More Americans Staying Put as Mobility Reaches Record Low

New data indicates more Americans are putting plans to move on hold. View mobility data for each state to see how your state compares.
by | November 15, 2011

Mobility in the U.S has reached a record low as more Americans opt to stay put in a weak economy.

Figures reported today by the U.S. Census Bureau show only 11.6 percent of the population moved from 2010 to 2011, the lowest since the number was first tracked in 1948.

The 2011 Current Population Survey also found 7.7 percent of residents moved within the same county, also a historic low. Another 2 percent of Americans moved to different counties within the same state, with the remainder moving among states or from abroad.

Housing-related reasons drove most decisions to move. Survey estimates indicate people moved for the following reasons:

  • Housing-related: 44.9 percent
  • Family-related 27.9 percent
  • Employment-related: 18.5 percent
  • Other: 8.8 percent

Data for the 2011 Current Population Survey was compiled using responses from 50,000 households across the country. Those living in nursing homes, college dormitories, military bases and other "group quarters" were not surveyed.

Breakdowns of data by geographic area are not available. Recently-released 2010 American Community Survey figures do, though, illustrate similar mobility trends by state.

The following 2010 ACS figures are for the population one year and older. Please note that estimates were compiled differently than 2011 Current Population Survey data.

State 1 and over population Same house 1 year ago Percent moving
Alabama 4,729,509 3,987,155 15.7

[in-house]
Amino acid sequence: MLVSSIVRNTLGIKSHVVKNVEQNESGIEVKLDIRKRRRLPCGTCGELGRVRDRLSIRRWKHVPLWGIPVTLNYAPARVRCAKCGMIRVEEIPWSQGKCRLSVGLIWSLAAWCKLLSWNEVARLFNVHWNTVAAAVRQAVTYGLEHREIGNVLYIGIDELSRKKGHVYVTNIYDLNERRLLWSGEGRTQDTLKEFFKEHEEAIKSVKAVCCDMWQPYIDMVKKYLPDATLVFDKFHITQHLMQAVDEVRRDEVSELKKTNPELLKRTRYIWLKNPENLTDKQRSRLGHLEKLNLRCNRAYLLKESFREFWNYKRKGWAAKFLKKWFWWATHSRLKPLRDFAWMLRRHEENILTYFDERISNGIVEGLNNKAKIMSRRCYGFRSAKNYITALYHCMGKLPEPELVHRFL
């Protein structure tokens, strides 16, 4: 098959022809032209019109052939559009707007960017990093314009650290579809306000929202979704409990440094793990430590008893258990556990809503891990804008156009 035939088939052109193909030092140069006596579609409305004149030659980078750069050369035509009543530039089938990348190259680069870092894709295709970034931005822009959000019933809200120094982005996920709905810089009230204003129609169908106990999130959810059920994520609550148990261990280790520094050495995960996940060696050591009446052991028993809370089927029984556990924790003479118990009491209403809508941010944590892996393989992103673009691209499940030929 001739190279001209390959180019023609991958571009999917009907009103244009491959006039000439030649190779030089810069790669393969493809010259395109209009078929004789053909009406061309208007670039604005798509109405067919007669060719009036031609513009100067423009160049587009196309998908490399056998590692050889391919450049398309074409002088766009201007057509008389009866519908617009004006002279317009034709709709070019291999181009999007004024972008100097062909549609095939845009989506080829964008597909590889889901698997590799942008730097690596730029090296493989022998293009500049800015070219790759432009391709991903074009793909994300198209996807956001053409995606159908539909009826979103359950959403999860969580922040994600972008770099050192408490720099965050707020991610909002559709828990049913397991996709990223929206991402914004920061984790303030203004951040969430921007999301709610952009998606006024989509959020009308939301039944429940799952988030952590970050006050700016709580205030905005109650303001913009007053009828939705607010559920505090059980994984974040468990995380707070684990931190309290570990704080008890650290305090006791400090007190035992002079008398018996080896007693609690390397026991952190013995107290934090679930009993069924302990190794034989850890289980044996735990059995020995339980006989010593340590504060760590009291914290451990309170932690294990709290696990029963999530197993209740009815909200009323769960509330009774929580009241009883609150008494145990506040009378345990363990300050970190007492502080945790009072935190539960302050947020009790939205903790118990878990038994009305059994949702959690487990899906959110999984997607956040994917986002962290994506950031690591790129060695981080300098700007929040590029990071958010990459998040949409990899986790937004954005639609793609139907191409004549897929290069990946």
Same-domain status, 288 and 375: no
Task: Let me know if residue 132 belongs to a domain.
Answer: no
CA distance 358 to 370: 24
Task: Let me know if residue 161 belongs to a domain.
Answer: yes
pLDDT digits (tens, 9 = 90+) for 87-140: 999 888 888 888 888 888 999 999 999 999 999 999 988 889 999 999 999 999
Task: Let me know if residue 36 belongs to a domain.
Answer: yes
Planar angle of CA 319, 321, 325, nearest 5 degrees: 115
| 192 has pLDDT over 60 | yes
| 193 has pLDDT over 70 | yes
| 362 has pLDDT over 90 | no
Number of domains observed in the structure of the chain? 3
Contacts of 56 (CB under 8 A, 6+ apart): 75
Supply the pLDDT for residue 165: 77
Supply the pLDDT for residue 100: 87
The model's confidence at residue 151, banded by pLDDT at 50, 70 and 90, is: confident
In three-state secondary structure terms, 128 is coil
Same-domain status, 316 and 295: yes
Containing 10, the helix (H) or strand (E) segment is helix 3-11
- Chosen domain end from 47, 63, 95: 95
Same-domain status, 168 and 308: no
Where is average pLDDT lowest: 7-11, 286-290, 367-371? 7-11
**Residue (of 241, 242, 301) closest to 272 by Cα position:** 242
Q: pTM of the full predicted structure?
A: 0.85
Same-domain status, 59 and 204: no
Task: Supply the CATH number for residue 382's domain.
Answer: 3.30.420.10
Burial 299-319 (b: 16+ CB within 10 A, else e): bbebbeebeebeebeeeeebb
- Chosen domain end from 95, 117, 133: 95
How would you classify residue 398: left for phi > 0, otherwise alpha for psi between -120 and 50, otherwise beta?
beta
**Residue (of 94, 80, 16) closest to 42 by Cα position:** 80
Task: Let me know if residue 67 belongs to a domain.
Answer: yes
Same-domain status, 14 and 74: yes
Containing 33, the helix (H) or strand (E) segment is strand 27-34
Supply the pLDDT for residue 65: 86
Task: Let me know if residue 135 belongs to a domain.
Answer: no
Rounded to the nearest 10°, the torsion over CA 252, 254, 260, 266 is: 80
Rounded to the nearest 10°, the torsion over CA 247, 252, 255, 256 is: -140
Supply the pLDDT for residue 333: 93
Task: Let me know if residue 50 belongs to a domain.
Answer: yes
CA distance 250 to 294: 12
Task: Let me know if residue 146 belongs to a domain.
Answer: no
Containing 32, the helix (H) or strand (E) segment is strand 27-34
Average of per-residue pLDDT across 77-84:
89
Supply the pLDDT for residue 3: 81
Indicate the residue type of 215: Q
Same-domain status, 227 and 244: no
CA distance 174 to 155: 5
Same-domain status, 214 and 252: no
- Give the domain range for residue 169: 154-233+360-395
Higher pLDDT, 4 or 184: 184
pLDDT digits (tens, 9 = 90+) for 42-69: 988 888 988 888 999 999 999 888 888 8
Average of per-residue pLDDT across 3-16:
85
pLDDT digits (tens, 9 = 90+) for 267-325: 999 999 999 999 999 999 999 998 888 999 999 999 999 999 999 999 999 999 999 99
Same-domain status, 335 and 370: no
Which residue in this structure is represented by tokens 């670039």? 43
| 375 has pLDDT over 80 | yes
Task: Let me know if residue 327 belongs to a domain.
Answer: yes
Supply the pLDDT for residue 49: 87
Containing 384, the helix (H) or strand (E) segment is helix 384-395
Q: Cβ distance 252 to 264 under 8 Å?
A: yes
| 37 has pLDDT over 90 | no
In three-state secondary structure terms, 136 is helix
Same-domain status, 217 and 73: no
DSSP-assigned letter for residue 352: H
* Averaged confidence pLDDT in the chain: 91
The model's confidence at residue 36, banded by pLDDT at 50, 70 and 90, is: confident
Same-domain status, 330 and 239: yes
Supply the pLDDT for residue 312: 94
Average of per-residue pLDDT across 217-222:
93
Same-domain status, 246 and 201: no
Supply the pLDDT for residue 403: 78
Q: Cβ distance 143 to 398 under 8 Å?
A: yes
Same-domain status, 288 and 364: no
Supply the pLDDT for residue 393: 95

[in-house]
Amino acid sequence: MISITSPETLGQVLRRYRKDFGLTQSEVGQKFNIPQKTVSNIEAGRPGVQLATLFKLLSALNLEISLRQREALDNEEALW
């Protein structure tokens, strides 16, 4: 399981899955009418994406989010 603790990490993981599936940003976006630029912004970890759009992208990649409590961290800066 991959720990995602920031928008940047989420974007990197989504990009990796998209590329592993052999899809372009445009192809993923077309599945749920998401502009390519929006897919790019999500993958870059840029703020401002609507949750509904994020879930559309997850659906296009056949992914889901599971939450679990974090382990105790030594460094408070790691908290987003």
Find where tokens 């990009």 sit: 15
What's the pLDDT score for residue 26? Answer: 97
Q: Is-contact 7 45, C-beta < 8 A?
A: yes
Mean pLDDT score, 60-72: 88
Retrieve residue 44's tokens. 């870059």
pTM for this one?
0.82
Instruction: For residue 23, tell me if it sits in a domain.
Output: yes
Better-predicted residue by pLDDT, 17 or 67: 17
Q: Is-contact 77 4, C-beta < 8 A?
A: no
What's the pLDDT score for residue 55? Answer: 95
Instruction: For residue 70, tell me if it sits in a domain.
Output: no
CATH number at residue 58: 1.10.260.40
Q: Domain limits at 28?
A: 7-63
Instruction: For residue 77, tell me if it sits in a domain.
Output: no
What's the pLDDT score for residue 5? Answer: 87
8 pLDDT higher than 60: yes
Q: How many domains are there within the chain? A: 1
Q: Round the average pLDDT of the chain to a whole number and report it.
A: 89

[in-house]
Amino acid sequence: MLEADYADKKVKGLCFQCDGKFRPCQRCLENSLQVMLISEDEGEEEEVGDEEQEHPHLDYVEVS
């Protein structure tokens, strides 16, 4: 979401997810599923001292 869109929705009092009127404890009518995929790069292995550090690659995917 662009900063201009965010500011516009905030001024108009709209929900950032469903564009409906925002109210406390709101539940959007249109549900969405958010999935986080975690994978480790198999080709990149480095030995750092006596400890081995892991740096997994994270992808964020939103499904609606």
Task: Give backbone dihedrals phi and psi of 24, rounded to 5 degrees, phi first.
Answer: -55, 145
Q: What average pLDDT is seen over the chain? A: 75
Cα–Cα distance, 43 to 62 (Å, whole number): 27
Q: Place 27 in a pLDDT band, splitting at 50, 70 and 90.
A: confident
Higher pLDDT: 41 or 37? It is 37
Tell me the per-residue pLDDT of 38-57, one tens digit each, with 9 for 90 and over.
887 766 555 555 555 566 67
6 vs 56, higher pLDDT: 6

Alaska 702,974 565,031 19.6
Arizona 6,332,786 5,069,002 20.0
Arkansas 2,888,304 2,387,806 17.3
California 36,907,897 30,790,221 16.6
Colorado 4,988,190 4,042,039 19.0
Connecticut 3,541,146 3,100,742 12.4
Delaware 889,812 764,640 14.1
District of Columbia 596,747 474,676 20.5
Florida 18,647,600 15,554,008 16.6
Georgia 9,587,237 8,015,409 16.4
Hawaii 1,346,274 1,140,572 15.3
Idaho 1,550,967 1,279,856 17.5
Illinois 12,680,126 11,009,852 13.2
Indiana 6,414,862 5,431,015 15.3
Iowa 3,013,053 2,553,210 15.3
Kansas 2,820,894 2,341,401 17.0
Kentucky 4,296,639 3,638,259 15.3
Louisiana 4,483,529 3,826,390 14.7
Maine 1,313,902 1,136,780 13.5
Maryland 5,716,785 4,917,637 14.0
Massachusetts 6,489,250 5,583,650 14.0
Michigan 9,762,127 8,310,098 14.9
Minnesota 5,244,256 4,480,630 14.6
Mississippi 2,931,228 2,510,729 14.3
Missouri 5,920,858 4,968,921 16.1
Montana 978,507 821,709 16.0
Nebraska 1,802,697 1,497,138 17.0
Nevada 2,667,364 2,030,410 23.9
New Hampshire 1,303,865 1,118,359 14.2
New Jersey 8,709,933 7,841,470 10.0
New Mexico 2,039,549 1,735,950 14.9
New York 19,171,916 16,976,205 11.5
North Carolina 9,443,000 7,982,017 15.5
North Dakota 665,654 556,222 16.4
Ohio 11,405,101 9,745,227 14.6
Oklahoma 3,716,264 3,065,497 17.5
Oregon 3,794,008 3,110,896 18.0
Pennsylvania 12,577,555 11,053,022 12.1
Rhode Island 1,042,240 900,283 13.6
South Carolina 4,577,399 3,870,879 15.4
South Dakota 805,616 680,993 15.5
Tennessee 6,282,706 5,299,496 15.6
Texas 24,899,075 20,500,156 17.7
Utah 2,724,064 2,240,636 17.7
Vermont 619,363 534,975 13.6
Virginia 7,930,773 6,752,310 14.9
Washington 6,661,321 5,464,985 18.0
West Virginia 1,833,535 1,625,125 11.4
Wisconsin 5,623,196 4,824,045 14.2
Wyoming 556,954 444,614 20.2

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